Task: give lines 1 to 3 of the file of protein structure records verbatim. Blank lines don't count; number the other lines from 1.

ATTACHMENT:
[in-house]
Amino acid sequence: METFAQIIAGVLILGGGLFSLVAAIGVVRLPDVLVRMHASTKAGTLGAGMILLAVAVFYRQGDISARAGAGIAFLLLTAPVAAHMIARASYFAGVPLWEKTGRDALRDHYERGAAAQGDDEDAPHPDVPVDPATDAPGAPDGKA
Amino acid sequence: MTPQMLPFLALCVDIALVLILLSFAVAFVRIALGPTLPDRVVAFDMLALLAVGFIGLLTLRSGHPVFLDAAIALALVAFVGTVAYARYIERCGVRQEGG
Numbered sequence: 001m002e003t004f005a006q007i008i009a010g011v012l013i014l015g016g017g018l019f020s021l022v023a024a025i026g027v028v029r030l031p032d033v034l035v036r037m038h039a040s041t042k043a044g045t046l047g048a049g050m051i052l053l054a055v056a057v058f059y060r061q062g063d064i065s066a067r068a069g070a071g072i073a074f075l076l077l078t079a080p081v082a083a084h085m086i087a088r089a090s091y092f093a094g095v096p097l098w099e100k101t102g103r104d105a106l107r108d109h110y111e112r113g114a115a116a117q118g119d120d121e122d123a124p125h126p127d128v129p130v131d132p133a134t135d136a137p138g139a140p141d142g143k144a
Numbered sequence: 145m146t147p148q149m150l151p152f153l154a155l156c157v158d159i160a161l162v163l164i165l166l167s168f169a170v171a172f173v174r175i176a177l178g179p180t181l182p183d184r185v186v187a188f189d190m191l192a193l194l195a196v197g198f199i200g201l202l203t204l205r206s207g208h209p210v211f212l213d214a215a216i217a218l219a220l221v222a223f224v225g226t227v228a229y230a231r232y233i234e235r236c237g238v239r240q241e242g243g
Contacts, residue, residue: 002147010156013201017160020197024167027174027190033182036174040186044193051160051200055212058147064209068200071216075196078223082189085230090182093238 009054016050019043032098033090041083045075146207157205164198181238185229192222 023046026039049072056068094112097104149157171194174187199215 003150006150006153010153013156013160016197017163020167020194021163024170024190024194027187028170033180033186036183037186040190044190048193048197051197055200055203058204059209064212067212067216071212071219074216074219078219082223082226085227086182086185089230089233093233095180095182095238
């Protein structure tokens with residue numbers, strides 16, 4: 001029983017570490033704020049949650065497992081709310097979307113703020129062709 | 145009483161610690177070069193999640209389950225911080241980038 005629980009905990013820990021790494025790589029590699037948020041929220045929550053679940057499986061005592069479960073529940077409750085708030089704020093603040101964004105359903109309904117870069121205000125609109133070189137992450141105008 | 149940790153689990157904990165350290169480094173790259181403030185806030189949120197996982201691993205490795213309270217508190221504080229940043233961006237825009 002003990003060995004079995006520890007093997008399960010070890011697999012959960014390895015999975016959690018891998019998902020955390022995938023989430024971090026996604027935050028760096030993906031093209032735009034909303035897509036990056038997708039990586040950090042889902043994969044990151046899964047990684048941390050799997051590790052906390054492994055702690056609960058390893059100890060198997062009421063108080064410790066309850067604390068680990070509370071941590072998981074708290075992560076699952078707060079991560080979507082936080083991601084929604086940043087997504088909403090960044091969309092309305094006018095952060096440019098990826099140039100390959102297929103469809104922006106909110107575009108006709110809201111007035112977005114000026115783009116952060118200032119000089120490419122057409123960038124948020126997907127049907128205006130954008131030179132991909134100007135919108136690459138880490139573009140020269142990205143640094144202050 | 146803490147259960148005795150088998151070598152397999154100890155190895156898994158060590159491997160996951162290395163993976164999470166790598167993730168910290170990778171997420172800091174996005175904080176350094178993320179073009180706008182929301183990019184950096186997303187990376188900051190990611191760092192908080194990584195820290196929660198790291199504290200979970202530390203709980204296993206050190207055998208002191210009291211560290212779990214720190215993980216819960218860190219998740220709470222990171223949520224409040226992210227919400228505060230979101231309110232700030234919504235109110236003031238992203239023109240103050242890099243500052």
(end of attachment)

[in-house]
Amino acid sequence: METFAQIIAGVLILGGGLFSLVAAIGVVRLPDVLVRMHASTKAGTLGAGMILLAVAVFYRQGDISARAGAGIAFLLLTAPVAAHMIARASYFAGVPLWEKTGRDALRDHYERGAAAQGDDEDAPHPDVPVDPATDAPGAPDGKA
Amino acid sequence: MTPQMLPFLALCVDIALVLILLSFAVAFVRIALGPTLPDRVVAFDMLALLAVGFIGLLTLRSGHPVFLDAAIALALVAFVGTVAYARYIERCGVRQEGG